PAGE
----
Staphylococcus epidermidis ATCC 12228

Names Staphylococcus epidermidis ATCC 12228
Accession numbers NC_004461, NC_005003, NC_005004, NC_005005, NC_005006, NC_005007, NC_005008
Background As a pathogen, it is important to understand the virulence mechanisms of Staphylococcus in order to successfully combat the pathogen. Strains of Staphylococcus resistant to our most powerful antibiotics have increased pressure on researchers to find alternative, more effective ways of fighting Staphylococcus.Staphylococci are spherical Gram-positive bacteria, which are immobile and form grape-like clusters. They form bunches because they divide in two planes as opposed to their close relatives streptococci which, although they are similarly shaped, form chains because they divide only in one plane. Staphylococci are facultative anaerobes. They mainly grow by aerobic respiration, or fermentation that produces lactic acid.There are two different types of colonies formed. Those formed by S. aureus are yellow and become rather large on a rich medium, while those of S. epidermidis are white and form relatively small colonies, even on a rich medium.Staphylococcus aureus is a normal inhabitant of the skin and mucous membranes in the nose of a healthy human, while S. epidermidis inhabits only the skin of healthy humans.Staphylococcus usually only infects immunocompromised humans, and is an extremely versatile pathogen. Infections usually remain localized at the point of entry by host defenses. S. aureus is one of the major causes of hospital-aquired infection. Foreign bodies, such as sutures, indwelling catheters, and implanted joints, are extremely susceptible to Staphylococcus epidermidis colonization, and often serve as the point of entry for infection. Another common path of infection is the respiratory tract, where the bacterium causes pneumonia. By forming biofilms Staphylococcus epidermidis is resistant to antibiotics, antibodies, and phagocytosis, and can serve as a reservoir for antibiotic resistant genes that can be transferred to other bacteria. Other diseases caused by staphylococci include boils, sinusitis, emesis, diarrhea, endocarditis, scalded skin syndrome, osteomyelitis, urinary tract infection, and toxic shock syndrome.During the 1970s a strain of Staphylococcus aureus resistant to the antibiotic meticillin, was isolated and consequently vancomycin (the most powerful antibiotic in our arsenal) became the primary antibiotic used to combat staphylococcus infection. In 1997 a strain of S. aureus resistant to vancomycin was isolated, and people are once again exposed to the threat of untreatable staphylococcus infection. The sequencing of the S. aureus genome will hopefully provide insight into how the organism generates such a variety of toxins, and aid researchers in developing ways of combating the versatile bacterium.(From (MicrobeWiki: Staphylococcus)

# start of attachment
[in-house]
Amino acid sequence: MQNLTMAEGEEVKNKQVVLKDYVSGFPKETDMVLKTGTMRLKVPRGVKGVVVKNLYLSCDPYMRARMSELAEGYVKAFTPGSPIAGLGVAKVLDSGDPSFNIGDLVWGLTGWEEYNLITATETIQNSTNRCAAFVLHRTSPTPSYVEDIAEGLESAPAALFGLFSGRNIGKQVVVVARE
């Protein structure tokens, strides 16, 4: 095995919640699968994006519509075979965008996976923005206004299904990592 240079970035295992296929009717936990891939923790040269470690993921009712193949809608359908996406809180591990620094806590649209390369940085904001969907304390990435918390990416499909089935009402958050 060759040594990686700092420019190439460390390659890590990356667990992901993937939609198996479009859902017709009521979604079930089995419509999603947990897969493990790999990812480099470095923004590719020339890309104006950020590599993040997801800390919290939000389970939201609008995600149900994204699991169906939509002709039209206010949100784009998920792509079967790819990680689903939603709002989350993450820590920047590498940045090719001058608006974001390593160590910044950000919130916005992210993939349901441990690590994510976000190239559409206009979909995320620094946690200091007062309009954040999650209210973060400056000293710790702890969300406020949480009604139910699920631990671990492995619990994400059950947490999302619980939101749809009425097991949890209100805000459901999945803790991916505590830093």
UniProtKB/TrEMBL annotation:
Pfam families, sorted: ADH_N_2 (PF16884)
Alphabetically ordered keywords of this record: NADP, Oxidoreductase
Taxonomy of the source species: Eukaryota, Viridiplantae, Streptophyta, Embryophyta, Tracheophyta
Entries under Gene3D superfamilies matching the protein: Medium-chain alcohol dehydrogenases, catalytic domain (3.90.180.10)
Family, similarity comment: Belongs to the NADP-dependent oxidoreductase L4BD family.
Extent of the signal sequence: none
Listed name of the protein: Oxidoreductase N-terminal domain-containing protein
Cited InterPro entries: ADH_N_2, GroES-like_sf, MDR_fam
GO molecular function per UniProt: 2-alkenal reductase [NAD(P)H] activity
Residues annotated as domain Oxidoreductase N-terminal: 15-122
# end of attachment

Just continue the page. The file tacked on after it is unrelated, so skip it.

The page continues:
Strain ATCC 12228
Complete Yes
Sequencing centre (05-NOV-2002) Chinese National Human Genome Center at Shanghai, 250 Bi Bo Road, Shanghai 201203, China
(10-SEP-2004) National Center for Biotechnology Information, NIH, Bethesda, MD 20894, USA
Sequencing quality Level 2: High-Quality Draft
Sequencing depth NA
Sequencing method Illumina, Sanger, 454
Isolation site Human skin sample
Isolation country NA
Number of replicons 7
Gram staining properties Positive
Shape Cocci
Mobility No
Flagellar presence No
Number of membranes 1
Oxygen requirements Facultative
Optimal temperature 30.0
Temperature range Mesophilic
Habitat HostAssociated
Biotic relationship Free living
Host name Homo sapiens
Cell arrangement Clusters, Singles
Sporulation Nonsporulating
Metabolism NA
Energy source NA
Diseases Toxic-shock syndrome and staphylococcal scarlet fever
Pathogenicity Yes